Chaplain Asma Inge-Hanif Responds to Oklahoma Lawmaker’s Questioning of Muslim Student Constituents 

BALTIMORE, MD – March, 7, 2017 (MNISAASHELTER) Chaplain Asma Inge-Hanif, Executive Director of Inge Benevolent Ministries and the MNISAA Shelter, issues statement regarding the recent discriminatory actions of Oklahoma Representative John Bennett towards three Muslim students.

During an annual event at the Oklahoma Capital, organized by the Council of American-Islamic Relations to introduce Muslim constituents to their state representatives and encourage democratic involvement, two Muslim high school students and one law student were required to complete a questionnaire before meeting with Rep. John Bennett of Oklahoma. Adam Soltani, Director of the CAIR-Oklahoma chapter, reported that the students were given a form to complete asking questions such as “The Quran, the Sunna of Mohammed and Sharia Law of all schools say that the husband can beat his wife. Do you beat your wife?” and “Mohammed was a killer of pagans, Christians and Jews that did not agree with him. Do you agree with this example?”. It was reported that Rep. Bennett had already left when the students visited his office. However, his assistant was instructed to have the students fill out the questionnaire and bring their religious texts for discussion at the next appointment.

According to an email response from Rep. Bennett, “The questionnaire was left for them to provoke their thought. If they weren’t aware of what Islam stands for they should know and research, then make a better informed decision on what they want to support or not. If they are aware of what Islam, Sharia, CAIR, jihadist stand for and still support it then they are part of the problem,”. Furthermore, he noted that “In summary, according to the Quran, Hadith and Islamic law, a woman may indeed have physical harm done to her if the circumstances warrant, with one such allowance being in the case of disobedience. This certainly does not mean that all Muslim men beat their wives, only that Islam permits them to do so.”

Chaplain Asma Inge-Hanif, an active member of the interfaith community and advocate for victims of domestic violence, responded to the incident stating “It is very unfortunate that a person who represents the state of Oklahoma, its citizens, and the United States Marine Corps would engage in inflammatory interactions with students requesting an audience with their elected official. Not only do these actions work against the spirit of meaningful dialogue with other faith communities, they seek to characterize one faith tradition as the religious other. Any attempt to reduce the rich history of an entire faith tradition to a set of cherry-picked questions devoid of context and nuance ignores the diversity within any school of thought. Furthermore, a great many of the form’s questions present false dichotomies, beg the question, set up proof surrogates, and a host of other logical fallacies.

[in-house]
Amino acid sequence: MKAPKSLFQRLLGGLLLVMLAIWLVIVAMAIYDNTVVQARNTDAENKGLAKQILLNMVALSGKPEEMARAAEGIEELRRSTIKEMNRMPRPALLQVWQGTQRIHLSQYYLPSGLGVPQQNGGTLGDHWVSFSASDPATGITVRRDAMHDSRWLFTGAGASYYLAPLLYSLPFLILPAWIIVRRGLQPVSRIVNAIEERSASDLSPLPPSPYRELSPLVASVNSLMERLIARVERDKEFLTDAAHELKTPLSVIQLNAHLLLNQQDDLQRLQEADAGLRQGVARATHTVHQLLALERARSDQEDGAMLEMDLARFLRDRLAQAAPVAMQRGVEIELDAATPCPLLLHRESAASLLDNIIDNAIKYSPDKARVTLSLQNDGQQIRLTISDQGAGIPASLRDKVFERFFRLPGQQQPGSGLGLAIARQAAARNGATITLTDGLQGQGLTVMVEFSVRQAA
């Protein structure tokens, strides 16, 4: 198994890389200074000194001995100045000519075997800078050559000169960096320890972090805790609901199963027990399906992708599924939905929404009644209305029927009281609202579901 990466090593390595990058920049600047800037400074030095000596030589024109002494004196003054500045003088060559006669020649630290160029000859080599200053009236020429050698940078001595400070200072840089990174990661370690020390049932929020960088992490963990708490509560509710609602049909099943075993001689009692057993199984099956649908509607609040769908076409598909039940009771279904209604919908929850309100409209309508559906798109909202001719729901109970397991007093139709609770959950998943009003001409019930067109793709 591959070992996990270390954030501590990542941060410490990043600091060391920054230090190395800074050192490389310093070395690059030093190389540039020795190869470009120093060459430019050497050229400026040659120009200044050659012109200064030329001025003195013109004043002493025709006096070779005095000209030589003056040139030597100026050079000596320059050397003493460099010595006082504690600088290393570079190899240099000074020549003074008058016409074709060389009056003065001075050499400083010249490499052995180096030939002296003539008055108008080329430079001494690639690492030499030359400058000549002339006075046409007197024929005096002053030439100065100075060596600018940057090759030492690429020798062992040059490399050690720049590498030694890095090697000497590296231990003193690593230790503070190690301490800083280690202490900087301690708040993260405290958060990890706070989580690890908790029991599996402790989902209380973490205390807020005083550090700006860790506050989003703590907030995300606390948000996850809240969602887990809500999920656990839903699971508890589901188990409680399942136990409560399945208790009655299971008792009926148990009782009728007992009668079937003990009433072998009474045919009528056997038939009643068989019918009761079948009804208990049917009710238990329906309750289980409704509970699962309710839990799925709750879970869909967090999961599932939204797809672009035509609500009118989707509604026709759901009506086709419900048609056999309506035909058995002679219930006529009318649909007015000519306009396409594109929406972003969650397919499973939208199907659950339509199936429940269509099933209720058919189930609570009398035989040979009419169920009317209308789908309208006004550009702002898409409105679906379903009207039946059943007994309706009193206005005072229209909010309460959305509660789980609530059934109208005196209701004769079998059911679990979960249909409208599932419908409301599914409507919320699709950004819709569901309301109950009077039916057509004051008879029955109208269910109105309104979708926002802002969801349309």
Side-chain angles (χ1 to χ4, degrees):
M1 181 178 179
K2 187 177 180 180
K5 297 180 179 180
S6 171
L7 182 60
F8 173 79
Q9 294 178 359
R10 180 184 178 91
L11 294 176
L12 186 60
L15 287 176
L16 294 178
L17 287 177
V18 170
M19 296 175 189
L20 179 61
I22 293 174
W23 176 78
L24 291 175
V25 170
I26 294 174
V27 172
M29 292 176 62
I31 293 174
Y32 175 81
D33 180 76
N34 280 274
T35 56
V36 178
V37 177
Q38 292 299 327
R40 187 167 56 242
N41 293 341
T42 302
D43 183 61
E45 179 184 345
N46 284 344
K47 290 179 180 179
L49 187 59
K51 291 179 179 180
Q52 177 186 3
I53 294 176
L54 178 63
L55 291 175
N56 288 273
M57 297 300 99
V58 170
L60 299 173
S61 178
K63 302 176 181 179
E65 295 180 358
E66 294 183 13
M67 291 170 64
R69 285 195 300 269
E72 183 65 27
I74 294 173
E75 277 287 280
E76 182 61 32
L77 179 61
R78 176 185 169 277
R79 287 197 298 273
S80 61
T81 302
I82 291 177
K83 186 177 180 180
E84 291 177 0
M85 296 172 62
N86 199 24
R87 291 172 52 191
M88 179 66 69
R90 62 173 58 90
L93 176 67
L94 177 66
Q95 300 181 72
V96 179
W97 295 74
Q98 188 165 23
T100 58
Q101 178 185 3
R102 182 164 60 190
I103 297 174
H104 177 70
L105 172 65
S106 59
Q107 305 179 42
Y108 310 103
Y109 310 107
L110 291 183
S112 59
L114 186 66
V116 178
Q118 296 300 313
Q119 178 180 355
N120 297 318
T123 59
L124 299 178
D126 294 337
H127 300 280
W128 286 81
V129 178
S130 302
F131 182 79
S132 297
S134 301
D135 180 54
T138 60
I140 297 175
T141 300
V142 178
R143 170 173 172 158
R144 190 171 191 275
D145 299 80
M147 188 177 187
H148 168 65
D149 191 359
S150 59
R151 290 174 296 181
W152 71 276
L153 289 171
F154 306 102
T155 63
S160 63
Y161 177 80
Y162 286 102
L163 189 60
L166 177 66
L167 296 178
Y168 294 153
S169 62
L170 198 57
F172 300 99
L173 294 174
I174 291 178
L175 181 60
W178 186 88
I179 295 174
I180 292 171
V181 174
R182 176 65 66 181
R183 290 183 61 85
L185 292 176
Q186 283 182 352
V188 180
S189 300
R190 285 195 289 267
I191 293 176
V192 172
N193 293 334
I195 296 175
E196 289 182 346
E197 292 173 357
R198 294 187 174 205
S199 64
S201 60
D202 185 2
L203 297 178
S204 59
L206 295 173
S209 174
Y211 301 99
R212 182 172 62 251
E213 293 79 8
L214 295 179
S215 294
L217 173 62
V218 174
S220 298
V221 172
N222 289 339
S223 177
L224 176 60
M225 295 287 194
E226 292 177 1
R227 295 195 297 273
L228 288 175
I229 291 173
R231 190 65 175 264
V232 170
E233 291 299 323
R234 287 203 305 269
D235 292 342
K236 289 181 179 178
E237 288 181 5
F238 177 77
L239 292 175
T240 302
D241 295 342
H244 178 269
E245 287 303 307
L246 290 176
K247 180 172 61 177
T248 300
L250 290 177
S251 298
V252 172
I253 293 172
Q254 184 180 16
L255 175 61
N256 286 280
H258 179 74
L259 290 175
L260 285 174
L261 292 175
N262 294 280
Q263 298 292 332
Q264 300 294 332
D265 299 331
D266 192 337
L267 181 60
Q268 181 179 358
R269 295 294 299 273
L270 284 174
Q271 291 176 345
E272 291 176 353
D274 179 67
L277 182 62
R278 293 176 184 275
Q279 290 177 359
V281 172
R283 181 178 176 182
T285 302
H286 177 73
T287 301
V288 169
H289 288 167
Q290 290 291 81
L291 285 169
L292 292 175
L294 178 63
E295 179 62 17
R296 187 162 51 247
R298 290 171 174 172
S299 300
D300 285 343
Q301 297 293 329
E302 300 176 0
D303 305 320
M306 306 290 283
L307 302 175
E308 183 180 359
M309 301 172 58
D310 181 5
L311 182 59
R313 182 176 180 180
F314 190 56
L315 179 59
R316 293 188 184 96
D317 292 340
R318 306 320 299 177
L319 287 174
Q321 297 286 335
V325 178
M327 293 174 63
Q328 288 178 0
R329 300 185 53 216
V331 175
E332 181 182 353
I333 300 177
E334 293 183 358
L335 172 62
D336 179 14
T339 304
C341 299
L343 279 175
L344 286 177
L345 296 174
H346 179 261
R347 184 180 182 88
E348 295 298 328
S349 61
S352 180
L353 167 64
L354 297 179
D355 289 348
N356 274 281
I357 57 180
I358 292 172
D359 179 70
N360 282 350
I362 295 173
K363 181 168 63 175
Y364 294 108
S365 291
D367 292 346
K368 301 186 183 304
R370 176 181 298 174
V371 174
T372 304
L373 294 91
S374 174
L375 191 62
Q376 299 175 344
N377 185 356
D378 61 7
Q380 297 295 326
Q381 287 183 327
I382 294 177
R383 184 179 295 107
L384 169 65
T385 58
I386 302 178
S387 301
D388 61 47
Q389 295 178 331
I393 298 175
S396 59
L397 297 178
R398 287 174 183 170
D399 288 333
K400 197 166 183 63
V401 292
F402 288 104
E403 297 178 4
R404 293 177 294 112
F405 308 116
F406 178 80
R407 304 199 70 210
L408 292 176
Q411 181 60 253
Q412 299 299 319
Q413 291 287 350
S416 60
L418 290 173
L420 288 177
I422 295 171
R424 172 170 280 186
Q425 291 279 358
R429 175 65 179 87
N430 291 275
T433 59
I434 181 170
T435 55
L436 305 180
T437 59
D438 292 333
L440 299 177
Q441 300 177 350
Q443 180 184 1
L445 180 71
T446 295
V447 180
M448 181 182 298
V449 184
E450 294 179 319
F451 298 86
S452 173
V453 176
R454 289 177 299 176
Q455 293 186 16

Representative Bennett could have utilized any number of alternative venues if he sought a true discourse on Islamic theology with genuine intentions to find solutions to problems present throughout all walks of life. To present serious issues, such as Domestic Violence and Intolerance, as belonging to one group is antithetical to the honest dialogue needed to address the problem. Although Rep. Bennett acknowledges that all Muslim men don’t beat their wives, the implication is that the Islamic faith is a causative factor in abuse. Unfortunately, this premise overlooks the issue of female to male violence, reduces domestic violence to simply physical abuse, and ignores the psycho-emotional factors present in abuser.

As the daughter of a Montford Point Marine, the first group of African American Marines in the country, I have seen individuals risk their lives for freedoms they weren’t able to take advantage of. As such, an elected official should never utilize their office as a vehicle for a personal agenda. Simply put, a Representative must represent and afford ALL of their constituents with the respect and rights afforded to them by the constitution.